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Is there a scandal brewing or just a big fat lie?

July 13th, 2012 Posted in Government, health by

Serious questions are being asked today about Andrew Lansley’s stance on the consultation on the standardised (plain) packaging of tobacco.

Before the consultation was announced Health Secretary Andrew Lansley told the Times (13th Apri 2012l)  that the government did not work with tobacco companies as it wanted them to have “no business” in the UK. That set a few warning bells ringing.

Just a few days later, however, announcing the start of the consultation, his stance seemed to be more moderate. Andrew Lansley was insisting that his mind was “open” over proposals to strip cigarette packets of branding as a consultation on the plans was launched.

It is therefore surprising to find that the publicly funded pro-plain packs web site is claiming the Secretary of State is indeed, now at least, a supporter of plain packaging.

It is not clear when he became a supporter of plain packaging, but as this is a government funded body claiming it, I assume that is true? I am currently running the Hands of Our Packs campaign, opposing the introduction of plain packaging (no government money). I can’t imagine claiming that any Minister, health or otherwise, is against plain packaging, without checking with them first – no matter how many additional signatures it might draw into the campaign.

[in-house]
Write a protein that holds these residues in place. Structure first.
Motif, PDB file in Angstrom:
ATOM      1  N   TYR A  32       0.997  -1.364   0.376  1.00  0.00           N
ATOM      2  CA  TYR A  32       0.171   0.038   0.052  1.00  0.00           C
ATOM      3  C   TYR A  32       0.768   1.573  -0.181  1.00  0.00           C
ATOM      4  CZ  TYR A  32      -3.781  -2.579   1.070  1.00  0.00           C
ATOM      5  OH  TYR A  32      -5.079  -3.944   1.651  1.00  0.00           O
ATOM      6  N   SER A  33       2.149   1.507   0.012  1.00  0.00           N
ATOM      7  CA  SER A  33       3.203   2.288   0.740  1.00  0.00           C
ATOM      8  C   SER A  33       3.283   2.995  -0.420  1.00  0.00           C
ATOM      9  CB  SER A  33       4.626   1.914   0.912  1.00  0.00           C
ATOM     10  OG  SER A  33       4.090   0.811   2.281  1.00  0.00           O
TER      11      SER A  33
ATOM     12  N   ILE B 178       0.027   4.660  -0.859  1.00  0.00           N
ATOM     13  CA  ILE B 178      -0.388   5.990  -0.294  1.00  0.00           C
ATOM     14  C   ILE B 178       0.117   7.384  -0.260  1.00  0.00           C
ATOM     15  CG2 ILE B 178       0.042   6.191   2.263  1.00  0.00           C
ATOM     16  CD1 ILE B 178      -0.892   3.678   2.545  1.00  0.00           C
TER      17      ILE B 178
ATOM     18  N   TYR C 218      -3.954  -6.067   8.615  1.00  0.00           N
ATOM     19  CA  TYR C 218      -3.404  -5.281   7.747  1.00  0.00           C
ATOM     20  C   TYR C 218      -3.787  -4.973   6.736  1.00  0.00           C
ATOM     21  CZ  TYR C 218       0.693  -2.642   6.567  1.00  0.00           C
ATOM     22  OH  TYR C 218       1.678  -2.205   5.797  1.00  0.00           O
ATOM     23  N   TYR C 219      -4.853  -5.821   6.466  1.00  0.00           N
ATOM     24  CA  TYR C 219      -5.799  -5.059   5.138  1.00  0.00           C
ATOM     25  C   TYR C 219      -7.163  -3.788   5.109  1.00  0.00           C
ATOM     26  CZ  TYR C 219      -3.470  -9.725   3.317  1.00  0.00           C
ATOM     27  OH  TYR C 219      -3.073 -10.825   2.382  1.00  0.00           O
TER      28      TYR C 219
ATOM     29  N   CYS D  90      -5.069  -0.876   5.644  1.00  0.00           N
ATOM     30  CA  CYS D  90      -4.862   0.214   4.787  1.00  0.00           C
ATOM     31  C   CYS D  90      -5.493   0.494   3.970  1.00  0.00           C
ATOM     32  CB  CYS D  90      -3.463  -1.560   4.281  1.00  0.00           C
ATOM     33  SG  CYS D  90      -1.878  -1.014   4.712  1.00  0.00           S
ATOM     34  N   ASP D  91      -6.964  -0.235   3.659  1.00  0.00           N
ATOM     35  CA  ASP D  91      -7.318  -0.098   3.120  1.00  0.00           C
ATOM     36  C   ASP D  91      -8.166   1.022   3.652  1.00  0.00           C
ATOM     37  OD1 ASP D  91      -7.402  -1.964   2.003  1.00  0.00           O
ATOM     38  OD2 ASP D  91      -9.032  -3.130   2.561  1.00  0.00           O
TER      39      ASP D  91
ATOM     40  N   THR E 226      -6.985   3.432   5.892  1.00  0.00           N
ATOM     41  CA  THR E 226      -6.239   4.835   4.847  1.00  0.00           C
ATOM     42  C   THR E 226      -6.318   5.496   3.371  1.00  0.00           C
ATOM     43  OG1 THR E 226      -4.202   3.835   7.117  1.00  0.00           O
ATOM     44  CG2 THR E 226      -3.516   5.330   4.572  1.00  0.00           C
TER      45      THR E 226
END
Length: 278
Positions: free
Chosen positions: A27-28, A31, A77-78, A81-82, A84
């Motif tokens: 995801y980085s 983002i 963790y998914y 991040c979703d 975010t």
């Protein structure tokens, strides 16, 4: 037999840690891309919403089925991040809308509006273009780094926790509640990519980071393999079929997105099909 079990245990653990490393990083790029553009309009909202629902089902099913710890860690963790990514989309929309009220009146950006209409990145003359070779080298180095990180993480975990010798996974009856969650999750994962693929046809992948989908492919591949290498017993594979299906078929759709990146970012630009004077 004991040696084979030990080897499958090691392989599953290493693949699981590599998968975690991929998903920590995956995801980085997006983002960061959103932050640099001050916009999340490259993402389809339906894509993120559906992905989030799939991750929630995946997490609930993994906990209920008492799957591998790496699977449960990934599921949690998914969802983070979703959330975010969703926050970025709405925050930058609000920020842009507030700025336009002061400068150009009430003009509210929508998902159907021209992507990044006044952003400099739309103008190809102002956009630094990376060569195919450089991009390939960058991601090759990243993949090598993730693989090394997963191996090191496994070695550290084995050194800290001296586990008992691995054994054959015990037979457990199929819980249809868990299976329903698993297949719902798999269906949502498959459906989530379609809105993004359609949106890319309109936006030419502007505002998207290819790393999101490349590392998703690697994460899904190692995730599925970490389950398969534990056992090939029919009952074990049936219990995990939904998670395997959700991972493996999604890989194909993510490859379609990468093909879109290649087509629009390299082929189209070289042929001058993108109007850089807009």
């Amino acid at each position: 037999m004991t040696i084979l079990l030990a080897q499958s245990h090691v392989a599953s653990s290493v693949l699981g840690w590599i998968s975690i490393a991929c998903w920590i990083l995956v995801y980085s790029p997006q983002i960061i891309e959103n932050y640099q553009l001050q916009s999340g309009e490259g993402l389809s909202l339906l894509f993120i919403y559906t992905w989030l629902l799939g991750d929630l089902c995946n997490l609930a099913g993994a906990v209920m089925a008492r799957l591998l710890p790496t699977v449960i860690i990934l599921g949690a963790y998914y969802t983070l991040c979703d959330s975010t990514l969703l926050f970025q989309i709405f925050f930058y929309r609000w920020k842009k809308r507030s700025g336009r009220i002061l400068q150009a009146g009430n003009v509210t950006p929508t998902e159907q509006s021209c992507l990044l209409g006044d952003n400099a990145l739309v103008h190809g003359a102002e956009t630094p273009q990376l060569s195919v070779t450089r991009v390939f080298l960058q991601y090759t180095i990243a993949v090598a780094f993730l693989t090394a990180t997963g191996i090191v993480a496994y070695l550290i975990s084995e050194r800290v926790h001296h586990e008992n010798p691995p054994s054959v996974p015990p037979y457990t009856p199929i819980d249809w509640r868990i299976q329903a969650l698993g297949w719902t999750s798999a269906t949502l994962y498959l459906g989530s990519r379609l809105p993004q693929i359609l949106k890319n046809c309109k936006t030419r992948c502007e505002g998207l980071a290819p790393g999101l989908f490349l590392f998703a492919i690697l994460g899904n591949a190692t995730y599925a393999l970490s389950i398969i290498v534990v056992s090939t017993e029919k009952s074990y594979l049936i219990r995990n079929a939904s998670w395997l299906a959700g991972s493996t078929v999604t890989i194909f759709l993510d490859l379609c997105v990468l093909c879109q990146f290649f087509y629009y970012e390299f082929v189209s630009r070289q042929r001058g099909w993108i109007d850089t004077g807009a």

So I think that Andrew Lansley has some explaining to do? If he doesn’t then the campaign asserting that he has already made his mind up certainly does -particularly considering the source of its funding. It is all starting to look very curious indeed.

Angela Harbutt heads up the campaign Hands Off Our Packs. The campaign is funded by Forest – Freedom Organsiation for the Right to Enjoy Smoking Tobacco.

UPDATE:

A letter has now been sent to the Department of Health requesting a response to the following questions:

1. Is it appropriate for the Secretary of State for Health to be listed as a supporter of plain packs (by a campaign that receives public money) in the middle of a public consultation on the issue and before the DoH has published its report on the consultation?

2. What action will the DoH (or the Secretary of State) take on this matter?

Let’s see what the Department of Health has to say.

It is also interesting to note that two of the authors (including the lead investigator) of the Department of Health’s (emphasis own) “independent academic review of the existing evidence” relating to plain packaging are also listed on the plain packs protect web site as “supporters” of plain packs. The authors – Gerard Hastings and Linda Bauld are identified by the cmapign as being not quite so “independent” in their thinking as one might have hoped.

For more information and further updates go to the  “TAKING LIBERTIES” web site where the story is unfolding..

16 Responses to “Is there a scandal brewing or just a big fat lie?”

  1. Kevin T Says: